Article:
>> value of greater than or equal to 0.20 ng/mL followed by a subsequent
>> confirmatory PSA value of greater than or equal to 0.20 ng/mL.”
>>
>>
>>
>> In a prior life – we had 2 tests with different reference ranges, plus a
>> comment on the PSA, Diagnostic. Both options are easily done in an LIS (lab
>> information system).
>>
>>
>>
>> We in the laboratory would love to have better communication from
>> physicians – we want to make your lives easier. So my advice to all the
>> physicians out there is to build relationships with the pathologists and
>> laboratory personnel where you practice. Let us know where improvement is
>> needed to the LIS, you need a new test, you need better sensitivity on a
>> current test – whatever.
>>
>>
>>
>> I’m copying the to our medical director, we are trying to establish
>> better communication with our physicians throughout our system.
>>
>>
>>
>> Lucy
>>
>>
>>
>> *Lucy Knapp, MT(ASCP) *  |  Technical Specialist, Chemistry  |
>> Laboratory
>>
>> *PeaceHealth* <http://www.peacehealth.org/>  |  400 NE Mother Joseph
>> Place  |  Vancouver, WA 98664
>>
>> *office* 360-514-2732  |  *fax* 360-514-1646
>>
>>
>>
>> *From:* robert bell [mailto:
>> 0000000296e45ec4-dmarc-request at LIST.IMPROVEDIAGNOSIS.ORG]
>> *Sent:* Sunday, January 24, 2016 1:56 PM
>> *To:* IMPROVEDX at LIST.IMPROVEDIAGNOSIS.ORG
>> *Subject:* [IMPROVEDX] Support Tests.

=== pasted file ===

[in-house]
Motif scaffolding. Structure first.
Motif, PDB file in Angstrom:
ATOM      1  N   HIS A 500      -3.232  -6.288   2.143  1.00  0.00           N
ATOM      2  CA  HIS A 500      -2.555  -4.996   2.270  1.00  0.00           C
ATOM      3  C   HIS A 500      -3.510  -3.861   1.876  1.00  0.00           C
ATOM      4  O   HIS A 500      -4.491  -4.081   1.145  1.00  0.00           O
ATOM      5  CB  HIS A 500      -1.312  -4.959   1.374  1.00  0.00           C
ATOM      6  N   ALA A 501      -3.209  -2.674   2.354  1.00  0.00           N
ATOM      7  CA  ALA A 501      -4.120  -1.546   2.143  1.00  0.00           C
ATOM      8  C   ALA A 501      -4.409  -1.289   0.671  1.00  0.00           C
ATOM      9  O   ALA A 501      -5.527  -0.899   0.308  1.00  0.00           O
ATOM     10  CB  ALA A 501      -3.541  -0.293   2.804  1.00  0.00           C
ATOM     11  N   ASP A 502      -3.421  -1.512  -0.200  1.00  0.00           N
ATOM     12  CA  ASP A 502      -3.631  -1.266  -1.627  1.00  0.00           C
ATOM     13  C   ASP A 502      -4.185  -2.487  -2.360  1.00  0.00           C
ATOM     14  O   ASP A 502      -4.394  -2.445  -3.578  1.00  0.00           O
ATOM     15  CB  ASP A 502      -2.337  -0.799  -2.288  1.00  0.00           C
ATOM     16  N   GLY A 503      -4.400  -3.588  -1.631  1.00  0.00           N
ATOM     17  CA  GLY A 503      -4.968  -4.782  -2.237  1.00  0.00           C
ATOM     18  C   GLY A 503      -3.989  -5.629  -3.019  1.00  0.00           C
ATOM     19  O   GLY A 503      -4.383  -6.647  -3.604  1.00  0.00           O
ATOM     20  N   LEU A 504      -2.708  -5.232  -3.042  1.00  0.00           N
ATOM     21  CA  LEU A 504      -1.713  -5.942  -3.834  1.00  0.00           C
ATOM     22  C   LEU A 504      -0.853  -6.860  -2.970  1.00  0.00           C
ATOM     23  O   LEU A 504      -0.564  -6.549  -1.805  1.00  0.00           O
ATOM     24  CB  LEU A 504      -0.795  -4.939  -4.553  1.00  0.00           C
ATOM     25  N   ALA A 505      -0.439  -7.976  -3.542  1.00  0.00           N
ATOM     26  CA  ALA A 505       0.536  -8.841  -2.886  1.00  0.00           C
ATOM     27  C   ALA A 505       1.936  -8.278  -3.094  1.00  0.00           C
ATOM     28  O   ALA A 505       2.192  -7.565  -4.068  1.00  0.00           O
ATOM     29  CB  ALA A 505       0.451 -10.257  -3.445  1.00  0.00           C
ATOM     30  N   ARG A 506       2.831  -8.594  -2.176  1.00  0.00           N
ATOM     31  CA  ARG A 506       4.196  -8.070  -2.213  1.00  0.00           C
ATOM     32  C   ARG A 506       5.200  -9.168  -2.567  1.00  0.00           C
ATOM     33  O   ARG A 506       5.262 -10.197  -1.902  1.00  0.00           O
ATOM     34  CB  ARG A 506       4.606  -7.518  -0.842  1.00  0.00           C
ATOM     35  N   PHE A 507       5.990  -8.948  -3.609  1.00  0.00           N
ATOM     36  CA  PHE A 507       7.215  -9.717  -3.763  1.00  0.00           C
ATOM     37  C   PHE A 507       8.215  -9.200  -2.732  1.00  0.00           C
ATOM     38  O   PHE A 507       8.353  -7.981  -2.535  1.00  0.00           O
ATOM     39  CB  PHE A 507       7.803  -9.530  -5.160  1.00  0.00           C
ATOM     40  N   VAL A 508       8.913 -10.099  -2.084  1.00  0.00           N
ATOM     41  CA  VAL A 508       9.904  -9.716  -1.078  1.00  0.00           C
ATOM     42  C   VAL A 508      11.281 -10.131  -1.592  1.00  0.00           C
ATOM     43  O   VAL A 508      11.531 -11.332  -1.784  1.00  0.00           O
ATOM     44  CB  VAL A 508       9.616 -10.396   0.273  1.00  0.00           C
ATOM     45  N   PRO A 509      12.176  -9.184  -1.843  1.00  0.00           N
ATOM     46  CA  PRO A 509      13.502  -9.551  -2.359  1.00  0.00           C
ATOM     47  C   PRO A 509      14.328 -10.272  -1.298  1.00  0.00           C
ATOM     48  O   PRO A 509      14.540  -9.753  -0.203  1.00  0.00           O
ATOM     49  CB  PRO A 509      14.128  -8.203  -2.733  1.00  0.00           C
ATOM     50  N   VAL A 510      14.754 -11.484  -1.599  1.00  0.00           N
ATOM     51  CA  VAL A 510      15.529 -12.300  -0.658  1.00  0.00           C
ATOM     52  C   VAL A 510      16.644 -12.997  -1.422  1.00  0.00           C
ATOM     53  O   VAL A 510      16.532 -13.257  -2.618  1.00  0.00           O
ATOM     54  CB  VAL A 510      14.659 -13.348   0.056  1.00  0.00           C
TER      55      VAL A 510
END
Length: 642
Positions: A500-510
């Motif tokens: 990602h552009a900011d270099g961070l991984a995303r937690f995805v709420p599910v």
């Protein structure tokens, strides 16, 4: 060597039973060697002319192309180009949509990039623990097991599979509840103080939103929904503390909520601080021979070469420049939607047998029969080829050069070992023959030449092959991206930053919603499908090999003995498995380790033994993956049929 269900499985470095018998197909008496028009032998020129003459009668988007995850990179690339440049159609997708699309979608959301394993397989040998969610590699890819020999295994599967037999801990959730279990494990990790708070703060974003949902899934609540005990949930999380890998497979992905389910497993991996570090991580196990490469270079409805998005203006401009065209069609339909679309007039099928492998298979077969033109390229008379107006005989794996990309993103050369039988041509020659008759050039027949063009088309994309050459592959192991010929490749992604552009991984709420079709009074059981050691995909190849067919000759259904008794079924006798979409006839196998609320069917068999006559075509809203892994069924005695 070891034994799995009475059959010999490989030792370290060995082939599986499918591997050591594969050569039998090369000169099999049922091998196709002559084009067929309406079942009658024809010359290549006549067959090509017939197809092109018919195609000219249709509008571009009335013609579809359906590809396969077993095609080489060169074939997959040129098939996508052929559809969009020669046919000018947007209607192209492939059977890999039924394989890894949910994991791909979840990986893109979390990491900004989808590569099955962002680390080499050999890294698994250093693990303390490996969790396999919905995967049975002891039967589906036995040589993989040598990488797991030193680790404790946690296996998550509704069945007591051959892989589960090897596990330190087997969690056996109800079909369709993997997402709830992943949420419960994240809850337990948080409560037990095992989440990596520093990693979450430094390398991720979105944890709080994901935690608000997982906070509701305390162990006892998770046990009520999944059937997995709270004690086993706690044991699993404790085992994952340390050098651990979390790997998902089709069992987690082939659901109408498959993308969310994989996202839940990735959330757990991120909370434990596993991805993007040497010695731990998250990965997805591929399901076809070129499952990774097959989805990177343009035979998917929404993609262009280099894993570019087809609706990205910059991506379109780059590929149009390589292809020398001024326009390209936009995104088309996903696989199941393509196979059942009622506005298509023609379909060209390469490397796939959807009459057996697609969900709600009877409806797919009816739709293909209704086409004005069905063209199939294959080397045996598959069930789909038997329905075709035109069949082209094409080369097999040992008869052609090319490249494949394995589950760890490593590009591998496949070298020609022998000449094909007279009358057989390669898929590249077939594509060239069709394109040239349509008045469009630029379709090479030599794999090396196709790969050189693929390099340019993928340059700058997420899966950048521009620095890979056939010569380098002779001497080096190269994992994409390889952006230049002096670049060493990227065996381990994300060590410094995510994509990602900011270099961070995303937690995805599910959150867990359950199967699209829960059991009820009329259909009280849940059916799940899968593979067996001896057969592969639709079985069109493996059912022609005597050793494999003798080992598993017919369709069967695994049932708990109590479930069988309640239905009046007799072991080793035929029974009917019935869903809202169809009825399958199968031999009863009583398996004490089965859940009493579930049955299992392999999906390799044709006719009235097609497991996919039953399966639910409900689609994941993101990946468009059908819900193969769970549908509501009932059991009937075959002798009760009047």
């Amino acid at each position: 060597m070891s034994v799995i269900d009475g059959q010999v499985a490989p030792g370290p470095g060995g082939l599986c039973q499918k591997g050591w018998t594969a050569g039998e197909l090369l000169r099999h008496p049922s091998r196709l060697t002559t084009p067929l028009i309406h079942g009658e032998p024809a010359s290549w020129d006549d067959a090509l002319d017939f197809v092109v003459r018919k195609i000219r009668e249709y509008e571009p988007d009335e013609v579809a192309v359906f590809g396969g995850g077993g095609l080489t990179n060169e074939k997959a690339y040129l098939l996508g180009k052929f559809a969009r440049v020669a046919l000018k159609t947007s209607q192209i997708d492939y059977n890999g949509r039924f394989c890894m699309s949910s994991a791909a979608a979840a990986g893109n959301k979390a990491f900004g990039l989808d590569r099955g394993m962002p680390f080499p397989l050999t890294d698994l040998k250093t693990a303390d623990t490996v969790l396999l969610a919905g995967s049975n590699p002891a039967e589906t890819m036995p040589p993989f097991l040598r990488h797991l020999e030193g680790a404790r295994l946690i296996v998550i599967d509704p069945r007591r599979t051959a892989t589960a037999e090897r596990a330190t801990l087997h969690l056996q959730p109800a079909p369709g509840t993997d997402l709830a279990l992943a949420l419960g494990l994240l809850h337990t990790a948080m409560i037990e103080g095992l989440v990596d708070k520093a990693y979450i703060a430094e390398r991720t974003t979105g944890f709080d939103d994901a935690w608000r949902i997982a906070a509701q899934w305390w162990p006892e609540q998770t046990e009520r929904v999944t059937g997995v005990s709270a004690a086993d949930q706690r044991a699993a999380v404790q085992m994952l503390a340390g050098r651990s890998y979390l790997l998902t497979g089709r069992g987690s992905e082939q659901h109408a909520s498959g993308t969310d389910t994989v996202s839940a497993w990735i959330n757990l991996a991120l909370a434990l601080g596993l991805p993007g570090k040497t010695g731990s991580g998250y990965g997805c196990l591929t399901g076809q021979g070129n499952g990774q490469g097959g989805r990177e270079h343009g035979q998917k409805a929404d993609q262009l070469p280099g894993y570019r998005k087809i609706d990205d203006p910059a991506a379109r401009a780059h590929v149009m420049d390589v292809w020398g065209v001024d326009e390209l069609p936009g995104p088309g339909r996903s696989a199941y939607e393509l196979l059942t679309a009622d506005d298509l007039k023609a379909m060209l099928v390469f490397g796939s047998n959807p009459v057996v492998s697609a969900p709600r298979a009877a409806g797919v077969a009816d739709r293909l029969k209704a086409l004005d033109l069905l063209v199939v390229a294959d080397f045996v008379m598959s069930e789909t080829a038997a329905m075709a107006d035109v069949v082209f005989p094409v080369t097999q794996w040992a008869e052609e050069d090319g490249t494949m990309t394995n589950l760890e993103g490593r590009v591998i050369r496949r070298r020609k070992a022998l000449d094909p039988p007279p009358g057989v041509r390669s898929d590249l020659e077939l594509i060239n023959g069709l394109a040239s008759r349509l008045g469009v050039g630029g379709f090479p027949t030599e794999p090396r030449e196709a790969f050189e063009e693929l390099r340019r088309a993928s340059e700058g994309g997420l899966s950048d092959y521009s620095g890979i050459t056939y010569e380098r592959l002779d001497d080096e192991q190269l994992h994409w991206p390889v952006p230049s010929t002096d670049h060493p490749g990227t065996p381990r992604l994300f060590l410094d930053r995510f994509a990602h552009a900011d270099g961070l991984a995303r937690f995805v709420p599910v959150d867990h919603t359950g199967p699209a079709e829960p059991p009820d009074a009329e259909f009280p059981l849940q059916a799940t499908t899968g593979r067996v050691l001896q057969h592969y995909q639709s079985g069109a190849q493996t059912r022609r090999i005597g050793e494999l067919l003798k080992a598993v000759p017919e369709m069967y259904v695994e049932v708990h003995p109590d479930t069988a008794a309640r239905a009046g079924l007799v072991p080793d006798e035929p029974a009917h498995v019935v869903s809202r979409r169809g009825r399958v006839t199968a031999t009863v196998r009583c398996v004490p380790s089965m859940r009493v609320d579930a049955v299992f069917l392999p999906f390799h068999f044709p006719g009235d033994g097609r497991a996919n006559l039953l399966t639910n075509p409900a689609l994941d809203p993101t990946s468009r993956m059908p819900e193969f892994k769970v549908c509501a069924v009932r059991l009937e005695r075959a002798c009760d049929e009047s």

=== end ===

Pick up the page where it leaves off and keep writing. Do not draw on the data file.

>>
>>
>>
>> I have suggested that at the same time, or even before we tackle Errors
>> in Diagnosis, we see that all our support diagnostic tests (Lab, X-ray,
>> etc.) are in good order so as to help make the correct diagnoses more often.
>>
>>
>>
>> I have been made aware that it is easy to miss a low but rising PSA in
>> someone who has had a past radical prostatectomy.
>>
>>
>>
>> The Lab reports results as ng/mL with a reference range of (0.000 -
>> 4.000). The range for someone with a prostate present.
>>
>>
>>
>> I asked myself with all the technology is there anything that could be
>> done to prevent such happenings?
>>
>>
>>
>> And then I thought there must be 100s of similar situations when time,
>> disease, surgery, treatments, etc effect lab interpretations - the PSA lab
>> reports on the ones I have seen do not mention that the ranges are for
>> someone with a prostate. Should they?
>>
>>
>>
>> Yes, good clinical skills would help but could the lab with or without
>> technology do anything to help avoid such problems?  Could training or
>> anything else help prevent?
>>
>>
>>
>> I wondered how often this happens - and if you decided to do something
>> about it, could you triage it - presumably not without good error data!?
>>
>>
>>
>> Robert Bell
>>
>>
>>
>>
>>
>>
>>
>>
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>>
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>>
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>>
>>
>> Moderator:David Meyers, Board Member, Society for Improving Diagnosis in
>> Medicine
>>
>> To learn more about SIDM visit:
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>
>
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>
> To unsubscribe from IMPROVEDX: click the following link:
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>
>
> Moderator:David Meyers, Board Member, Society for Improving Diagnosis in
> Medicine
>
> To learn more about SIDM visit:
> http://www.improvediagnosis.org/
>
>
>
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>
> To unsubscribe from IMPROVEDX: click the following link:
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>
> Moderator:David Meyers, Board Member, Society for Improving Diagnosis in
> Medicine
>
> To learn more about SIDM visit:
> http://www.improvediagnosis.org/
>






Moderator: David Meyers, Board Member, Society to Improve Diagnosis in Medicine